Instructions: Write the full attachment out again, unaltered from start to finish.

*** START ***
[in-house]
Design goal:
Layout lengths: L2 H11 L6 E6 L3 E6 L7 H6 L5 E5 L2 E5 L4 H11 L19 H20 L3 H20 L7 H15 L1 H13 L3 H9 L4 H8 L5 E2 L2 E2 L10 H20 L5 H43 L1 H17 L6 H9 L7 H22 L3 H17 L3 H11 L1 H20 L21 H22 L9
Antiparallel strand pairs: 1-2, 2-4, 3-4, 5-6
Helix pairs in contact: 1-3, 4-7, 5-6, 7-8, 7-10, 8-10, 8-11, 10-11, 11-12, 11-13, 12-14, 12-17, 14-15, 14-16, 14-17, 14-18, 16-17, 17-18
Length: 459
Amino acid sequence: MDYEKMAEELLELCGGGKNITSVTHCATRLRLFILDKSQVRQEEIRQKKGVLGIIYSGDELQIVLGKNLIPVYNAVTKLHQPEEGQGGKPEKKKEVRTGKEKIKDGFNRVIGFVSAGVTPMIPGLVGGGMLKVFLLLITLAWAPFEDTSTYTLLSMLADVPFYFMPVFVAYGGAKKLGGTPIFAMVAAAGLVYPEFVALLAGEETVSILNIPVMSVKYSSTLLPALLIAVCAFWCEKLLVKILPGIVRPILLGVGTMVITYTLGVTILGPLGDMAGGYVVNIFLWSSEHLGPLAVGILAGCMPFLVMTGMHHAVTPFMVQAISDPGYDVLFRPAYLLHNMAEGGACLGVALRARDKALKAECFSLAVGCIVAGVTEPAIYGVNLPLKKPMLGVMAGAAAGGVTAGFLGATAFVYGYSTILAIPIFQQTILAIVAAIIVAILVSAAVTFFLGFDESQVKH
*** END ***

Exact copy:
[in-house]
Design goal:
Layout lengths: L2 H11 L6 E6 L3 E6 L7 H6 L5 E5 L2 E5 L4 H11 L19 H20 L3 H20 L7 H15 L1 H13 L3 H9 L4 H8 L5 E2 L2 E2 L10 H20 L5 H43 L1 H17 L6 H9 L7 H22 L3 H17 L3 H11 L1 H20 L21 H22 L9
Antiparallel strand pairs: 1-2, 2-4, 3-4, 5-6
Helix pairs in contact: 1-3, 4-7, 5-6, 7-8, 7-10, 8-10, 8-11, 10-11, 11-12, 11-13, 12-14, 12-17, 14-15, 14-16, 14-17, 14-18, 16-17, 17-18
Length: 459
Amino acid sequence: MDYEKMAEELLELCGGGKNITSVTHCATRLRLFILDKSQVRQEEIRQKKGVLGIIYSGDELQIVLGKNLIPVYNAVTKLHQPEEGQGGKPEKKKEVRTGKEKIKDGFNRVIGFVSAGVTPMIPGLVGGGMLKVFLLLITLAWAPFEDTSTYTLLSMLADVPFYFMPVFVAYGGAKKLGGTPIFAMVAAAGLVYPEFVALLAGEETVSILNIPVMSVKYSSTLLPALLIAVCAFWCEKLLVKILPGIVRPILLGVGTMVITYTLGVTILGPLGDMAGGYVVNIFLWSSEHLGPLAVGILAGCMPFLVMTGMHHAVTPFMVQAISDPGYDVLFRPAYLLHNMAEGGACLGVALRARDKALKAECFSLAVGCIVAGVTEPAIYGVNLPLKKPMLGVMAGAAAGGVTAGFLGATAFVYGYSTILAIPIFQQTILAIVAAIIVAILVSAAVTFFLGFDESQVKH